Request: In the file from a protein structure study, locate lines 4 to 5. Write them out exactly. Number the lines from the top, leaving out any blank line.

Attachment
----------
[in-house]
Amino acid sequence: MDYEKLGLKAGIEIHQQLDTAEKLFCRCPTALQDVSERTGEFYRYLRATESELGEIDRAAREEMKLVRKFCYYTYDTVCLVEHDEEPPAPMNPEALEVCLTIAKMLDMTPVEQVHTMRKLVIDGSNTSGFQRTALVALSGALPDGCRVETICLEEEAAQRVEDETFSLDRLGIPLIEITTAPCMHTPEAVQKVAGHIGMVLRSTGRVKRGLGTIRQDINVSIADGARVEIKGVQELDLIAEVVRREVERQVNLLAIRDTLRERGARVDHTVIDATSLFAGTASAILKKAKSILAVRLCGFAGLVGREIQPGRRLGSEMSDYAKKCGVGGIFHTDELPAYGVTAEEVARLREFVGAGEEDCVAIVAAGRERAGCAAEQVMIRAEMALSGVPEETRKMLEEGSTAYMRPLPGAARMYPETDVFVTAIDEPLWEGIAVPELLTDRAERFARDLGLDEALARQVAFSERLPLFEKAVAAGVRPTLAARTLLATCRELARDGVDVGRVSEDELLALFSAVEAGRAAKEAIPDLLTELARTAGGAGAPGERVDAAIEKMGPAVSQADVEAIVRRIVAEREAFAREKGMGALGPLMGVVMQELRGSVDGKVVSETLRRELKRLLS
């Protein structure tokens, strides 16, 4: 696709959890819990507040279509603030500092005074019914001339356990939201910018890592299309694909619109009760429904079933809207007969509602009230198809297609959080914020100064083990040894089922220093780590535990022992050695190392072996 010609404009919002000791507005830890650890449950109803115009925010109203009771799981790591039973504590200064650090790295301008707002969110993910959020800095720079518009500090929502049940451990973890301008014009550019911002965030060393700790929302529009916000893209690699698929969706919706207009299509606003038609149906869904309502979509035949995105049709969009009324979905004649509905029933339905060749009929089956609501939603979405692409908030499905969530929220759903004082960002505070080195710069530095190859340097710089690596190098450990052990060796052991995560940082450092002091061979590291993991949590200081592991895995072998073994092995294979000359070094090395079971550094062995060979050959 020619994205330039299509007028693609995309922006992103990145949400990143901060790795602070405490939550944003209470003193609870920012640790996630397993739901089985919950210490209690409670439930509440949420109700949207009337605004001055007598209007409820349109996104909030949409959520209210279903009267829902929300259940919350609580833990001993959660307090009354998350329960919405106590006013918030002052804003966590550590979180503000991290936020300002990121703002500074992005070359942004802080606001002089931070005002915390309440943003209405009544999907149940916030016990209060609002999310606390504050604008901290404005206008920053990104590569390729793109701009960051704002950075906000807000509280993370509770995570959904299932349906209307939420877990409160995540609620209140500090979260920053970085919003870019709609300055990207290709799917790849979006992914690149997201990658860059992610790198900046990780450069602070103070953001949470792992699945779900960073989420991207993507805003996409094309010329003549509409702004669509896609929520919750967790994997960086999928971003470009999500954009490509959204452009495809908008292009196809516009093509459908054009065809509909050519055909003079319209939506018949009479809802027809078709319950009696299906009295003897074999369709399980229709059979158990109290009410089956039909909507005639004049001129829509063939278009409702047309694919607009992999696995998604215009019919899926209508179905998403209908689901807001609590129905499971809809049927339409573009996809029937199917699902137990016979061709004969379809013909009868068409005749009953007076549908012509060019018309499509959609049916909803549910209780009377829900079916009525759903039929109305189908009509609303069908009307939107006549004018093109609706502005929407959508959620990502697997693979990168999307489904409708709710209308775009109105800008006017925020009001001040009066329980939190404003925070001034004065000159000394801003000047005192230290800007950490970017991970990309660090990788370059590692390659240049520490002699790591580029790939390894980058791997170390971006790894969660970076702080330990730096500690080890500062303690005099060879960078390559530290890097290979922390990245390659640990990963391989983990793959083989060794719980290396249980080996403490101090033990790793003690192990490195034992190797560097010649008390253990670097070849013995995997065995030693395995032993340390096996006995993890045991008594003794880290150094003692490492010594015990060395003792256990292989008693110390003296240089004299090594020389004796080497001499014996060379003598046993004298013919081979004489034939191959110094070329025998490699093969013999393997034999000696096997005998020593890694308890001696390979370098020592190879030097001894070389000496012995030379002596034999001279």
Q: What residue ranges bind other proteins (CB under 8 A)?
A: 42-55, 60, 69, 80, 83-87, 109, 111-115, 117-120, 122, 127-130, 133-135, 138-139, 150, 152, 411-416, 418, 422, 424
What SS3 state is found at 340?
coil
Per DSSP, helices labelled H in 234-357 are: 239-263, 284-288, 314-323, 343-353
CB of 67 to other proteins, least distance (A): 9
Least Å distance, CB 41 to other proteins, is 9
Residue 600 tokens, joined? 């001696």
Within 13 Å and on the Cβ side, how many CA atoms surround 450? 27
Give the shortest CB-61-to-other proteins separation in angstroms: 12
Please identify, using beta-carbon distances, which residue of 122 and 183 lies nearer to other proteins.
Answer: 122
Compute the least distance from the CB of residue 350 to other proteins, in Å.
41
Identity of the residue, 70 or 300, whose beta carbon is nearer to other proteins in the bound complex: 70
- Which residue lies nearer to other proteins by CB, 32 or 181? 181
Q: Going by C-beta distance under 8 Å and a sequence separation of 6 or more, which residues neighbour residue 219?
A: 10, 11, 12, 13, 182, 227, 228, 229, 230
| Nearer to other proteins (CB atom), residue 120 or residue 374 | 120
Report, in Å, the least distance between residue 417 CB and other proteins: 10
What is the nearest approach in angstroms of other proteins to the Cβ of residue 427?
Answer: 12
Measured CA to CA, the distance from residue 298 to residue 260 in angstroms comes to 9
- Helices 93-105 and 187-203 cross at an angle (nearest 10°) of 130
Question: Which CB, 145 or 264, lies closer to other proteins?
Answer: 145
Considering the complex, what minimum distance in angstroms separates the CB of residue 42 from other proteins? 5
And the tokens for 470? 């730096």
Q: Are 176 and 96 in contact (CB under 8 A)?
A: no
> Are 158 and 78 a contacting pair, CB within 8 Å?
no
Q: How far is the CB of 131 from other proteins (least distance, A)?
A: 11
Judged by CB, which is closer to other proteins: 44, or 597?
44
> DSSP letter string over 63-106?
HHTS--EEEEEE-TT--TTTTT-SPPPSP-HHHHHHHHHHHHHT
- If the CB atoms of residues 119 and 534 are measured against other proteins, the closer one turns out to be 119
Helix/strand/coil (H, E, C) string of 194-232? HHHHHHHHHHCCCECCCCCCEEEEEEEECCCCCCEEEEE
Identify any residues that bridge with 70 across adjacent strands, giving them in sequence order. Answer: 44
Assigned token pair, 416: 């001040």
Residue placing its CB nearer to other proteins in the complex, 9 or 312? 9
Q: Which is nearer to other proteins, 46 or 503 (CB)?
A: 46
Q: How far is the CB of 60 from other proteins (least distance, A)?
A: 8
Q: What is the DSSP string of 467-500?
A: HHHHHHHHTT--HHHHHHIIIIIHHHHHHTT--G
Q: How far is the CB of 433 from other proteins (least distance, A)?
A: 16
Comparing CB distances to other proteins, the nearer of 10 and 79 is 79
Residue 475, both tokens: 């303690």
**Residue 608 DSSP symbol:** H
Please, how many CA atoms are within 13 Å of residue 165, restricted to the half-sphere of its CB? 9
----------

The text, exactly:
Q: What residue ranges bind other proteins (CB under 8 A)?
A: 42-55, 60, 69, 80, 83-87, 109, 111-115, 117-120, 122, 127-130, 133-135, 138-139, 150, 152, 411-416, 418, 422, 424